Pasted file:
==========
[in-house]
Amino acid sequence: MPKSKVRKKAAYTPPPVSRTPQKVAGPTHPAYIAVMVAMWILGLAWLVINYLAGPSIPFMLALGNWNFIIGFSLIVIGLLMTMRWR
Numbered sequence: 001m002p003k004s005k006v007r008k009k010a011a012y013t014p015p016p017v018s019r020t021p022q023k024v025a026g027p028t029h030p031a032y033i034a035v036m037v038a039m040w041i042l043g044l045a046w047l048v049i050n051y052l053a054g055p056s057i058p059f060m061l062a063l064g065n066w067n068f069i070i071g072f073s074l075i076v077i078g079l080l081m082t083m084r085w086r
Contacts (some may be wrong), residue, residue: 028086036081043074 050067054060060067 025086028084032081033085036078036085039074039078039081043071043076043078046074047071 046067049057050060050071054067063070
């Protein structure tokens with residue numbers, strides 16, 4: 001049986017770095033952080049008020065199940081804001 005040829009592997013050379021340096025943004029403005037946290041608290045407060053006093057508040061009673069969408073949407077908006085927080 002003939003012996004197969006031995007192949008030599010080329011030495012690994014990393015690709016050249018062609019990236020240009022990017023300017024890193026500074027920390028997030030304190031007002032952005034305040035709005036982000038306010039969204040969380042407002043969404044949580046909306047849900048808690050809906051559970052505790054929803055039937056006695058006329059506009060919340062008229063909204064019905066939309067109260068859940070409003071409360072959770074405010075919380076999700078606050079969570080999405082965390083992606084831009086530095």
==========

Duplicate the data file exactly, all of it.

[in-house]
Amino acid sequence: MPKSKVRKKAAYTPPPVSRTPQKVAGPTHPAYIAVMVAMWILGLAWLVINYLAGPSIPFMLALGNWNFIIGFSLIVIGLLMTMRWR
Numbered sequence: 001m002p003k004s005k006v007r008k009k010a011a012y013t014p015p016p017v018s019r020t021p022q023k024v025a026g027p028t029h030p031a032y033i034a035v036m037v038a039m040w041i042l043g044l045a046w047l048v049i050n051y052l053a054g055p056s057i058p059f060m061l062a063l064g065n066w067n068f069i070i071g072f073s074l075i076v077i078g079l080l081m082t083m084r085w086r
Contacts (some may be wrong), residue, residue: 028086036081043074 050067054060060067 025086028084032081033085036078036085039074039078039081043071043076043078046074047071 046067049057050060050071054067063070
């Protein structure tokens with residue numbers, strides 16, 4: 001049986017770095033952080049008020065199940081804001 005040829009592997013050379021340096025943004029403005037946290041608290045407060053006093057508040061009673069969408073949407077908006085927080 002003939003012996004197969006031995007192949008030599010080329011030495012690994014990393015690709016050249018062609019990236020240009022990017023300017024890193026500074027920390028997030030304190031007002032952005034305040035709005036982000038306010039969204040969380042407002043969404044949580046909306047849900048808690050809906051559970052505790054929803055039937056006695058006329059506009060919340062008229063909204064019905066939309067109260068859940070409003071409360072959770074405010075919380076999700078606050079969570080999405082965390083992606084831009086530095």